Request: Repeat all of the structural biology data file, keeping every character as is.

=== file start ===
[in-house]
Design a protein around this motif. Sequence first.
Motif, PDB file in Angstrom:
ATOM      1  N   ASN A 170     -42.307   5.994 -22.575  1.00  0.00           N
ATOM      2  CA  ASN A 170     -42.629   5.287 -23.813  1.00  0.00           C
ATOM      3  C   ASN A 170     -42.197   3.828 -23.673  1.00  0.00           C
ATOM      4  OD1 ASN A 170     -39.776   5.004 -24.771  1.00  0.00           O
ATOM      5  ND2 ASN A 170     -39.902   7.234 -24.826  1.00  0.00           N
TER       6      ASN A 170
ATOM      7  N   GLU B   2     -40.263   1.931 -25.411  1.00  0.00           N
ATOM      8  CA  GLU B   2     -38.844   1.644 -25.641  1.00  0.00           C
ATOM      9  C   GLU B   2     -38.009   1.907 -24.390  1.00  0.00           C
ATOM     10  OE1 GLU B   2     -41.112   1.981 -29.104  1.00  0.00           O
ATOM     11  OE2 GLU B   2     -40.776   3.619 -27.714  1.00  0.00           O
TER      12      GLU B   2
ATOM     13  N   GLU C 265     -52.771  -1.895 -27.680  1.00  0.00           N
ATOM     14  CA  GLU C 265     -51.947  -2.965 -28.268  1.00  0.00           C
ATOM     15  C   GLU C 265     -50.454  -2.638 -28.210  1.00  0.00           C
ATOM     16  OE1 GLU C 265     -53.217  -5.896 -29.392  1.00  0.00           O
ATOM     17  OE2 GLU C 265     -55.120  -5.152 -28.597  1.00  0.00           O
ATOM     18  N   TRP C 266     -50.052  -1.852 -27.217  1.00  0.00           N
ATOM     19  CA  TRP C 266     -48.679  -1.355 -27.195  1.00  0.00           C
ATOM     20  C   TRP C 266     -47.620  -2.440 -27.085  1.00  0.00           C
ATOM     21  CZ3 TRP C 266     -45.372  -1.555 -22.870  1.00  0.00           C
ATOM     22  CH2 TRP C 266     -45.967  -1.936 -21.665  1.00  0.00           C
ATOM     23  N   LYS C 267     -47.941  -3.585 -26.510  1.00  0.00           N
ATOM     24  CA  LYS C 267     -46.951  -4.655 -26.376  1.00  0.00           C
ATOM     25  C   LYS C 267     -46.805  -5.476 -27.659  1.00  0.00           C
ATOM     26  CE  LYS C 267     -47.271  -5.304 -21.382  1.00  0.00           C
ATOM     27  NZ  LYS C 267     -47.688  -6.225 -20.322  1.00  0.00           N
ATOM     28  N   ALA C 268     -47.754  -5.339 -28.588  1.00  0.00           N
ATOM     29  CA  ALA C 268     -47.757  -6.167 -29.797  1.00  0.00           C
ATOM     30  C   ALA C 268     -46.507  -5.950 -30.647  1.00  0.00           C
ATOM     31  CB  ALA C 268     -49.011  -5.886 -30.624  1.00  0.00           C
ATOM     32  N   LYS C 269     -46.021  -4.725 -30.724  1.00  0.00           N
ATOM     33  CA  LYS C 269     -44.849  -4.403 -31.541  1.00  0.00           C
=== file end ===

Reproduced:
[in-house]
Design a protein around this motif. Sequence first.
Motif, PDB file in Angstrom:
ATOM      1  N   ASN A 170     -42.307   5.994 -22.575  1.00  0.00           N
ATOM      2  CA  ASN A 170     -42.629   5.287 -23.813  1.00  0.00           C
ATOM      3  C   ASN A 170     -42.197   3.828 -23.673  1.00  0.00           C
ATOM      4  OD1 ASN A 170     -39.776   5.004 -24.771  1.00  0.00           O
ATOM      5  ND2 ASN A 170     -39.902   7.234 -24.826  1.00  0.00           N
TER       6      ASN A 170
ATOM      7  N   GLU B   2     -40.263   1.931 -25.411  1.00  0.00           N
ATOM      8  CA  GLU B   2     -38.844   1.644 -25.641  1.00  0.00           C
ATOM      9  C   GLU B   2     -38.009   1.907 -24.390  1.00  0.00           C
ATOM     10  OE1 GLU B   2     -41.112   1.981 -29.104  1.00  0.00           O
ATOM     11  OE2 GLU B   2     -40.776   3.619 -27.714  1.00  0.00           O
TER      12      GLU B   2
ATOM     13  N   GLU C 265     -52.771  -1.895 -27.680  1.00  0.00           N
ATOM     14  CA  GLU C 265     -51.947  -2.965 -28.268  1.00  0.00           C
ATOM     15  C   GLU C 265     -50.454  -2.638 -28.210  1.00  0.00           C
ATOM     16  OE1 GLU C 265     -53.217  -5.896 -29.392  1.00  0.00           O
ATOM     17  OE2 GLU C 265     -55.120  -5.152 -28.597  1.00  0.00           O
ATOM     18  N   TRP C 266     -50.052  -1.852 -27.217  1.00  0.00           N
ATOM     19  CA  TRP C 266     -48.679  -1.355 -27.195  1.00  0.00           C
ATOM     20  C   TRP C 266     -47.620  -2.440 -27.085  1.00  0.00           C
ATOM     21  CZ3 TRP C 266     -45.372  -1.555 -22.870  1.00  0.00           C
ATOM     22  CH2 TRP C 266     -45.967  -1.936 -21.665  1.00  0.00           C
ATOM     23  N   LYS C 267     -47.941  -3.585 -26.510  1.00  0.00           N
ATOM     24  CA  LYS C 267     -46.951  -4.655 -26.376  1.00  0.00           C
ATOM     25  C   LYS C 267     -46.805  -5.476 -27.659  1.00  0.00           C
ATOM     26  CE  LYS C 267     -47.271  -5.304 -21.382  1.00  0.00           C
ATOM     27  NZ  LYS C 267     -47.688  -6.225 -20.322  1.00  0.00           N
ATOM     28  N   ALA C 268     -47.754  -5.339 -28.588  1.00  0.00           N
ATOM     29  CA  ALA C 268     -47.757  -6.167 -29.797  1.00  0.00           C
ATOM     30  C   ALA C 268     -46.507  -5.950 -30.647  1.00  0.00           C
ATOM     31  CB  ALA C 268     -49.011  -5.886 -30.624  1.00  0.00           C
ATOM     32  N   LYS C 269     -46.021  -4.725 -30.724  1.00  0.00           N
ATOM     33  CA  LYS C 269     -44.849  -4.403 -31.541  1.00  0.00           C